But there are also hundreds, perhaps thousands, of member who are still on my mailing list but don't receive my emails because they have a Freeserve, Orange, or Wanadoo addresses. For over a year those email providers have been discarding most of the emails I send to members - and they don't even have the decency to return them to me, or tell the recipients what they are doing.
Finally, every month I lose contact with between 200 and 300 members simply because they didn't update their My Details page when their email address changed - and that's why, even though new members are joining every day, the number on the mailing list for this newsletter is stubbornly stuck at just over 60,000. In most cases I can track them down should one of their cousins want to get in touch using either the secondary email address they have provided or their postal address - which is why your chances of hearing back from the cousins you find is so much greater at LostCousins than at any other site. But it would be so much easier for all concerned if the information was updated in the first place!
Tip: if you're still using the temporary password you were issued with when you joined, why not change it to one that you'll easily remember? That way you'll be able to access your account even if your email address has changed.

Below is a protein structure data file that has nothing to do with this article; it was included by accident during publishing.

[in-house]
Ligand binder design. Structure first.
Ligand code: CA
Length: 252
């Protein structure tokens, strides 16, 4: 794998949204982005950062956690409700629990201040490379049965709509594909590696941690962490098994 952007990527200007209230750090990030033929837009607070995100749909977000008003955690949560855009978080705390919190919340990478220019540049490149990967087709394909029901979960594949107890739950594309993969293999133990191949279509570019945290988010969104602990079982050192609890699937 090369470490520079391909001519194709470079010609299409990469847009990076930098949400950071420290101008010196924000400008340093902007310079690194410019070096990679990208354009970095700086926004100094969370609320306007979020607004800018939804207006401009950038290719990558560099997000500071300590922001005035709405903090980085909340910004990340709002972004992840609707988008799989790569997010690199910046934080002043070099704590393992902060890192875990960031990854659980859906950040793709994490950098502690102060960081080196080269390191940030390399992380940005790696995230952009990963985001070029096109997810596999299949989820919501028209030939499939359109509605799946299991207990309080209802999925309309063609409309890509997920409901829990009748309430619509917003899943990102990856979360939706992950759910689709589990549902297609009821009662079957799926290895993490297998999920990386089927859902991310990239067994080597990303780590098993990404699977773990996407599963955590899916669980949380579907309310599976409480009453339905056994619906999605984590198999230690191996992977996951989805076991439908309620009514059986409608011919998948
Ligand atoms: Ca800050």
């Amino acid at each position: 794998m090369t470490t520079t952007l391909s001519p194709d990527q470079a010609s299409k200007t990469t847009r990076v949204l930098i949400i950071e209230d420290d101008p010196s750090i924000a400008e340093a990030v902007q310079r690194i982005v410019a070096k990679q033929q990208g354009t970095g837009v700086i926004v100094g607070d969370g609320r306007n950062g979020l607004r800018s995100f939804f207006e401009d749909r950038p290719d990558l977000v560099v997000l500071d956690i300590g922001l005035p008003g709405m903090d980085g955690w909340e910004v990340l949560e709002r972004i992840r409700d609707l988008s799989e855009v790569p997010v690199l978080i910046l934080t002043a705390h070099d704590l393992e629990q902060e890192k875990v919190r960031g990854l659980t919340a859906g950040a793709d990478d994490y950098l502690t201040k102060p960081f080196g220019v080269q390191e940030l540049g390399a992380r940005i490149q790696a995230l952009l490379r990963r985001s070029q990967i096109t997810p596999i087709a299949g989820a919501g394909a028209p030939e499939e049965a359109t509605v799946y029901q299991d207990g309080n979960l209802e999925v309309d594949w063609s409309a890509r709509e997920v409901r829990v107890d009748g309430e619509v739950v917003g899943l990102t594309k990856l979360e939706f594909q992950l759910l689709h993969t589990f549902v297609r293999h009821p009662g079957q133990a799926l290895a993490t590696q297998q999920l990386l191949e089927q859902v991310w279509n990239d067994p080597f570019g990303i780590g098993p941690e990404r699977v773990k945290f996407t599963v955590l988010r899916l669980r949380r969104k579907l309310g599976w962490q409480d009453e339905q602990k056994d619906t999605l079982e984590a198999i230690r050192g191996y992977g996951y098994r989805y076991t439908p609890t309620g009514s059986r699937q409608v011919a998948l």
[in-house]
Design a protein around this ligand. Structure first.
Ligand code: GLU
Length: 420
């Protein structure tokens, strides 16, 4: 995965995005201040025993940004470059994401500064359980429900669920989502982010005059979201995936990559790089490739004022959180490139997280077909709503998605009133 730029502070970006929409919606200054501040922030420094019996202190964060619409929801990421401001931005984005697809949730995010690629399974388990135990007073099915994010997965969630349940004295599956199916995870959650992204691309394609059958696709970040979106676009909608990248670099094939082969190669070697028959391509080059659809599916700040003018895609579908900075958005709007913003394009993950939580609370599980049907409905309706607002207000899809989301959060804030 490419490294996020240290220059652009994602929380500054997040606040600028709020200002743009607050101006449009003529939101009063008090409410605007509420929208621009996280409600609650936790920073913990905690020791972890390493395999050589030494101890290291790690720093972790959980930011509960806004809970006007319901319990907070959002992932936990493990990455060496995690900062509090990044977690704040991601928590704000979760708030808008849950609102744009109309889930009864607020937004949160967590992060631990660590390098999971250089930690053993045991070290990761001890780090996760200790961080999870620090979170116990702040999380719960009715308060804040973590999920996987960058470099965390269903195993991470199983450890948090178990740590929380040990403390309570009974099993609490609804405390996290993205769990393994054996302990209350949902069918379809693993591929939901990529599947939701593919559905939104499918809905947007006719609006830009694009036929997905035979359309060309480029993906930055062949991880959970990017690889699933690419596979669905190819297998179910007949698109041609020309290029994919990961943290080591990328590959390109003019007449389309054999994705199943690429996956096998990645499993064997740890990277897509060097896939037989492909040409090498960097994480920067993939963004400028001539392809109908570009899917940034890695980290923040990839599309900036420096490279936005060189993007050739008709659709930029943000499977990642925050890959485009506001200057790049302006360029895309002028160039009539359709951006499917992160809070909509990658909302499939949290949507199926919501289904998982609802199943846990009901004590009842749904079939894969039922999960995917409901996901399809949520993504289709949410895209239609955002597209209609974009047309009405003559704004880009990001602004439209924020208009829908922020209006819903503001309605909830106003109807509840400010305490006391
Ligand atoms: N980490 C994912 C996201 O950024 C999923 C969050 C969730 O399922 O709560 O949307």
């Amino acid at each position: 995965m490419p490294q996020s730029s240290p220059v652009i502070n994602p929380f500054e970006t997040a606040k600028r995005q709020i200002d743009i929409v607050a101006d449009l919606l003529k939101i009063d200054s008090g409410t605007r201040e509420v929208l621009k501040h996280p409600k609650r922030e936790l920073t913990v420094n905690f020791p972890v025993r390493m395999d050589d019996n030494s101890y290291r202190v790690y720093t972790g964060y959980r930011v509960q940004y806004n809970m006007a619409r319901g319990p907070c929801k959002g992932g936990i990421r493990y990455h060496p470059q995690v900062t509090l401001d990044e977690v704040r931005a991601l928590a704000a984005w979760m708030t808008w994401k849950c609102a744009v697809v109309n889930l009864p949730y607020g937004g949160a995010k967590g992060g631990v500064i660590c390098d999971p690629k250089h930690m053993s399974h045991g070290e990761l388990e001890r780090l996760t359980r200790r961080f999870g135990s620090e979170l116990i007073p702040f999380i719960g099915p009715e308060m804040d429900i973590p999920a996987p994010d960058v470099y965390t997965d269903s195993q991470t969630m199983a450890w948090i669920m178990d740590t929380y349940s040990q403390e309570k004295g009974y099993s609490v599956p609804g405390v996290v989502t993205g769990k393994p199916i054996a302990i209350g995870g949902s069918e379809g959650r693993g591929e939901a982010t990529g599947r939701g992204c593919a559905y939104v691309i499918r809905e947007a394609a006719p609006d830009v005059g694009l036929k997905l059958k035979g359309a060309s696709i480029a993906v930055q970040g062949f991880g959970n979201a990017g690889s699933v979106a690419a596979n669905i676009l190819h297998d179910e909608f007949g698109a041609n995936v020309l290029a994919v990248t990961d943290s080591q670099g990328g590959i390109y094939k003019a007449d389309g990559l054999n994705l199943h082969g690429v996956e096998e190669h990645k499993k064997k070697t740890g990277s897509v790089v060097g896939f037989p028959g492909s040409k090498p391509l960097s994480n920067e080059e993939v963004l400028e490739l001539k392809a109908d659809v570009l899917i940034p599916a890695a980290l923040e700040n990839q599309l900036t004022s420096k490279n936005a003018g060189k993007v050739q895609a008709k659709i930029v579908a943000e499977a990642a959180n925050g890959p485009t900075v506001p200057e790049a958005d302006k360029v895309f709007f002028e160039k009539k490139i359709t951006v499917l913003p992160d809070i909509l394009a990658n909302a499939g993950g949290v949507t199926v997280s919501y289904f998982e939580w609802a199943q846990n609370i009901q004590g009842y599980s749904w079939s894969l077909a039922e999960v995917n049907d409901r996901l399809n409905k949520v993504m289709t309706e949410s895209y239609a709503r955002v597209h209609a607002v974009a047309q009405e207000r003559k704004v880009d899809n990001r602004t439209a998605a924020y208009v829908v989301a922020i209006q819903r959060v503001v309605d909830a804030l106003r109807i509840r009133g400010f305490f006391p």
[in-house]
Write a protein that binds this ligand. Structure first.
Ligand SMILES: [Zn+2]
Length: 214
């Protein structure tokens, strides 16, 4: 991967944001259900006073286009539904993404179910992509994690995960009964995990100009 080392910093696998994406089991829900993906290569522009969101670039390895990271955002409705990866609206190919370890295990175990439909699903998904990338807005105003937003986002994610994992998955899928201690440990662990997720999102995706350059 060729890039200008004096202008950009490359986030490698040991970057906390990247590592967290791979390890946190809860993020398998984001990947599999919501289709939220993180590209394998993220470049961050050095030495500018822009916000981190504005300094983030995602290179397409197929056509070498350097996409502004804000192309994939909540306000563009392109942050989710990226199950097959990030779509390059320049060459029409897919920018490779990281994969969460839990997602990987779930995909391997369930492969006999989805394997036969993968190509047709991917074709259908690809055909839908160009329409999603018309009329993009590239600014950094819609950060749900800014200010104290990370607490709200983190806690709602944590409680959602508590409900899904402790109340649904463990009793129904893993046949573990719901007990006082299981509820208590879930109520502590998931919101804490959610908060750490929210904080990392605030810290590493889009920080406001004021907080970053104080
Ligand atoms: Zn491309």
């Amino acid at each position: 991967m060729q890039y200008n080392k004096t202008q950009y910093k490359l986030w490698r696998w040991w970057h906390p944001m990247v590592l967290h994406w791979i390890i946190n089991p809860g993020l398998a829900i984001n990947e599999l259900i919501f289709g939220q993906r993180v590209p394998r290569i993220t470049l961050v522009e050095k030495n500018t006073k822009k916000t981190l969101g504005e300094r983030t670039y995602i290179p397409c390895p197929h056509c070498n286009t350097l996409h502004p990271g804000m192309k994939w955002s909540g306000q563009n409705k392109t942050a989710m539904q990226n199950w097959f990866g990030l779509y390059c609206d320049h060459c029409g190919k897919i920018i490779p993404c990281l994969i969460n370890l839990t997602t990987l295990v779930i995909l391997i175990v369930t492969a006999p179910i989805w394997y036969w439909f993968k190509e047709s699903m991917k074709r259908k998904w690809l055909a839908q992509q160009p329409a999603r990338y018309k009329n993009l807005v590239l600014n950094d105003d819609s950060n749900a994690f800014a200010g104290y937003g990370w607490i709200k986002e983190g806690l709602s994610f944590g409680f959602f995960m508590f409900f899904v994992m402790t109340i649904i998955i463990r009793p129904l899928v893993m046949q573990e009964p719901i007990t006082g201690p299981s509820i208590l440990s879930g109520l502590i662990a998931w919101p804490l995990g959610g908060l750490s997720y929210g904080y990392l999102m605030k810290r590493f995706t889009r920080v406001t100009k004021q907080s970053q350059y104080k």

"Digging Up Your Roots" in 2013
BBC Radio Scotland is seeking stories for the next series of Digging Up Your Roots, which will be going out in January and February of next year. If you have a family mystery you want solved or have a burning question about the life of an ancestor then maybe their team of genealogists can help?
Write to email@example.com if you would like to contribute (and if you're chosen to be featured on the programme, do please let me know!).
A LostCousins member (who I won't name) recently visited the Probate Office in High Holborn. It wasn't her first visit, but when she'd been previously the Probate Office was on the ground floor, with a separate entrance - now it was on the 7th floor, and getting to it involved going through exactly the same security checks as those who were attending the matrimonial courts.
As it happened she was in London on her way back from a family visit, and like most people who have been away had a bag of personal belongings with her - which included both a nail file and a penknife which was a family heirloom. Both of these were confiscated, and she was told that not only would be unable to collect them on her way out, she would have to wait at least 4 weeks before a court would decide whether she could have them back at all!
It turned out that there was - if one knew to look for it - an online guide that warned about the restrictions. But who would expect to be treated like a criminal or a terrorist when innocently researching their family history?
Ironically the government department responsible for this Kafkaesque approach is known as "Justice". It makes me wonder - are we in 2012 or 1984?
A recent posting to the Society of Genealogists mailing list caught my eye, not least because it was posted by a LostCousins member who is a professional genealogist.
Rosemary pointed out that the London Family History Centre in South Kensington (currently temporarily located at TNA in Kew) has microfilm copies of wills from 1858-1925 - and you can view them free (there may be a small charge if you want to take a copy home). What a great tip!
Can you imagine what it must be like to be diagnosed with an incurable - and ultimately fatal disease? A few weeks ago I met an incredible woman who, despite suffering from two incurable lung diseases, has set herself a target that's as challenging as any of the Olympic sports we'll be watching in a fortnight's time.